Yesterday, I listened to the first episode of the Recode by Vox podcast, Land of the Giants: The Netflix Effect. The episode focuses on Netflix's vaunted corporate culture. Many of you have probably read a great deal about the Netflix culture and the famous slide deck describing its tenets and values that circulated widely on the internet for years. This episode takes a comprehensive, balanced look at the culture, highlighting its strengths and limitations. I found one particular aspect quite interesting, given my work on decision making. Here's an excerpt from a description of the episode by Recode/Vox:
Another tenet — “farming for dissent” — came out of one of the company’s biggest failures. You might remember it as a punchline: Qwikster. The short version: In 2011, Hastings wanted to move his company from its core DVD-by-mail service to online streaming, which was growing quickly but was still a smaller part of his business. So he tried splitting Netflix into a DVD business and a streaming business named Qwikster. Which meant that if his customers wanted the same services they were already getting before, they would have to subscribe to both and end up paying 60 percent more. Netflix veterans still wince about the experience: The company was skewered on social media and by SNL. Its stock dropped 70 percent, and more than 700,000 people canceled their subscriptions.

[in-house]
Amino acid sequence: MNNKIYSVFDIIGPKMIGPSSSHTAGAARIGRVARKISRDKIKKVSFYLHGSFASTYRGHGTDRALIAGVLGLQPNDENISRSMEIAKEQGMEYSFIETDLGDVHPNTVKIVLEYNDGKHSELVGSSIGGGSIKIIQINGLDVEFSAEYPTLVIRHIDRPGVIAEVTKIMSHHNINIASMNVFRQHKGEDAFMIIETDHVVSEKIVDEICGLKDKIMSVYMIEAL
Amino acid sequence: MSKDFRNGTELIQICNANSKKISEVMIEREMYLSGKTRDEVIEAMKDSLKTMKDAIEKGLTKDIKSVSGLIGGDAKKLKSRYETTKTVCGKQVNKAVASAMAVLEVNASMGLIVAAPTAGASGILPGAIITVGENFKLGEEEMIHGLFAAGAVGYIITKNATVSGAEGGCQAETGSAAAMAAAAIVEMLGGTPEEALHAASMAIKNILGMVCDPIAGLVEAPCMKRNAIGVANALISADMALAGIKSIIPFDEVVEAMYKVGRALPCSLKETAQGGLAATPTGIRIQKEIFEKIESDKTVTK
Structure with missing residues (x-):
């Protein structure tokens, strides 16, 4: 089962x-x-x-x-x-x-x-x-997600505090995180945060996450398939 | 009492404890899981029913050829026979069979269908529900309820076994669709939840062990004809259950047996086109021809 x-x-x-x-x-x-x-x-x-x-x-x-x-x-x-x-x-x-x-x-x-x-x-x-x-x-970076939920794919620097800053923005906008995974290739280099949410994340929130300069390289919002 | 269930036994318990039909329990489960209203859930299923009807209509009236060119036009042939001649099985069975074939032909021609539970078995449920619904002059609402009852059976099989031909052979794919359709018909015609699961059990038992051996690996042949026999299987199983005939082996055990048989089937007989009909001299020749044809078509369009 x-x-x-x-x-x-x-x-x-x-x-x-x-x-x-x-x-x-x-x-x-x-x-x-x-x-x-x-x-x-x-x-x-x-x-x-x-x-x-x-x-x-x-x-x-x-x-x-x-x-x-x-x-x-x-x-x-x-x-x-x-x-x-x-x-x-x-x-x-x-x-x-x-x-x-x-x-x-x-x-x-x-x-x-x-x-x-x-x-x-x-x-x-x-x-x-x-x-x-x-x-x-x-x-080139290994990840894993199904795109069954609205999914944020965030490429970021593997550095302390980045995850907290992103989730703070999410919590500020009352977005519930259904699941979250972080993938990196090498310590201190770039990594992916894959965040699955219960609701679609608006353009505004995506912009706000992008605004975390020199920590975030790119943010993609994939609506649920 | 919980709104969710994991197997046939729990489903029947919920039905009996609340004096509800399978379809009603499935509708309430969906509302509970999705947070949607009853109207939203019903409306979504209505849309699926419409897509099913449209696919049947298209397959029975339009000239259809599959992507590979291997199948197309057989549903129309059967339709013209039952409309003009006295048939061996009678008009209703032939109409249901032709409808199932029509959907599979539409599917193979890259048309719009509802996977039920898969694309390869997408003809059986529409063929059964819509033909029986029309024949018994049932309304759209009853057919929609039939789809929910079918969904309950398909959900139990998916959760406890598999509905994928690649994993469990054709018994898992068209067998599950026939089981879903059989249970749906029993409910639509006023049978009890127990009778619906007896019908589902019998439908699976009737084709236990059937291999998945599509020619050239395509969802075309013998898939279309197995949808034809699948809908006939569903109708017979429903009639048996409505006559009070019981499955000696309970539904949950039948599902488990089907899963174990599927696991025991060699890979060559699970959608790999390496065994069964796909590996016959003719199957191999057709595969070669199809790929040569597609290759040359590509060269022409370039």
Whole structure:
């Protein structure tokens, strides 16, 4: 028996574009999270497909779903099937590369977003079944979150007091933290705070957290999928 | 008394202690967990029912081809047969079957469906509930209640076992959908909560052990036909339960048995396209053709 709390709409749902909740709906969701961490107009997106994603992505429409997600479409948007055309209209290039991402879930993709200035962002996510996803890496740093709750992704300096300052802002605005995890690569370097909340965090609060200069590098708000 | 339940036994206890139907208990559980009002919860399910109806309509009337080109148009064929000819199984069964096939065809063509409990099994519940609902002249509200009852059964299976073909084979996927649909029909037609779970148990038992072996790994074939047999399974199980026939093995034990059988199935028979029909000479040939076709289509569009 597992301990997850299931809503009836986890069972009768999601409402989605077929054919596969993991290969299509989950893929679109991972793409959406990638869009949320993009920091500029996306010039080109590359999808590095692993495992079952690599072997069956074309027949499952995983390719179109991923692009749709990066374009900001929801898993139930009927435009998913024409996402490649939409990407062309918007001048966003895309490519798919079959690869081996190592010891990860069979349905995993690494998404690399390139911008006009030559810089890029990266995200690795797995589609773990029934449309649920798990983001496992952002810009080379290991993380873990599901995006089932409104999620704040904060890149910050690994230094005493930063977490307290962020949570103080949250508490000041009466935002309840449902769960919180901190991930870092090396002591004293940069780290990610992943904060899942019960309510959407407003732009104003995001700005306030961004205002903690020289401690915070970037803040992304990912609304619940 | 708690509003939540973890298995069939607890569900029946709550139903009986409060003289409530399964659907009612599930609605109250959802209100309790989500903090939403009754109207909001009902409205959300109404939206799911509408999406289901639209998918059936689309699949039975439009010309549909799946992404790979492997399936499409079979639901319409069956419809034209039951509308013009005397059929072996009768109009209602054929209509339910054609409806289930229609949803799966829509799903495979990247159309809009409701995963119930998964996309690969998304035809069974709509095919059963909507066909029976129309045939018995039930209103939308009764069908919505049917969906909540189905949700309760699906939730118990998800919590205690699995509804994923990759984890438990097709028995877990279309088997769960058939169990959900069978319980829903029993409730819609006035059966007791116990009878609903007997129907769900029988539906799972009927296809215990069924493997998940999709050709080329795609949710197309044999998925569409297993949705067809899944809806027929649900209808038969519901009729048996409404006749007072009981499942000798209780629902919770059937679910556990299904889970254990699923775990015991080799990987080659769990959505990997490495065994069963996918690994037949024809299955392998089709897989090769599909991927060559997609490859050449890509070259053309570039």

Eventually, Hastings admitted that Qwikster’s name, the price hikes, and the way the company talked about it all had been a huge blunder. He rolled back the changes. But in Hastings’s narrative, the failure was useful for Netflix’s culture. He thinks that many of his top employees could have told him he was wrong but were too afraid or at least too in awe of their CEO’s former successes to say anything.
“Everyone knows the tale of the self-absorbed, arrogant CEO who doesn’t listen. And there’s an element of that, because we have been so successful at so many things before that,” Hastings told us earlier this year at Netflix’s offices in Los Angeles. “But the more subtle one is that I had been so successful before that most of the executives thought ... ‘But Reed has been right on so many things. I’ll bet he’s right on this one. And I’m just not seeing it.’”
After the debacle, Hastings instituted “farming for dissent,” a formal practice where employees are supposed to run their big ideas by colleagues and have them tell you candidly — on a Google Doc that’s open for everyone to see — what’s wrong with it. It’s considered integral to the company that your coworkers tell you what they really think of your idea, even if — perhaps especially if — you’re their boss.
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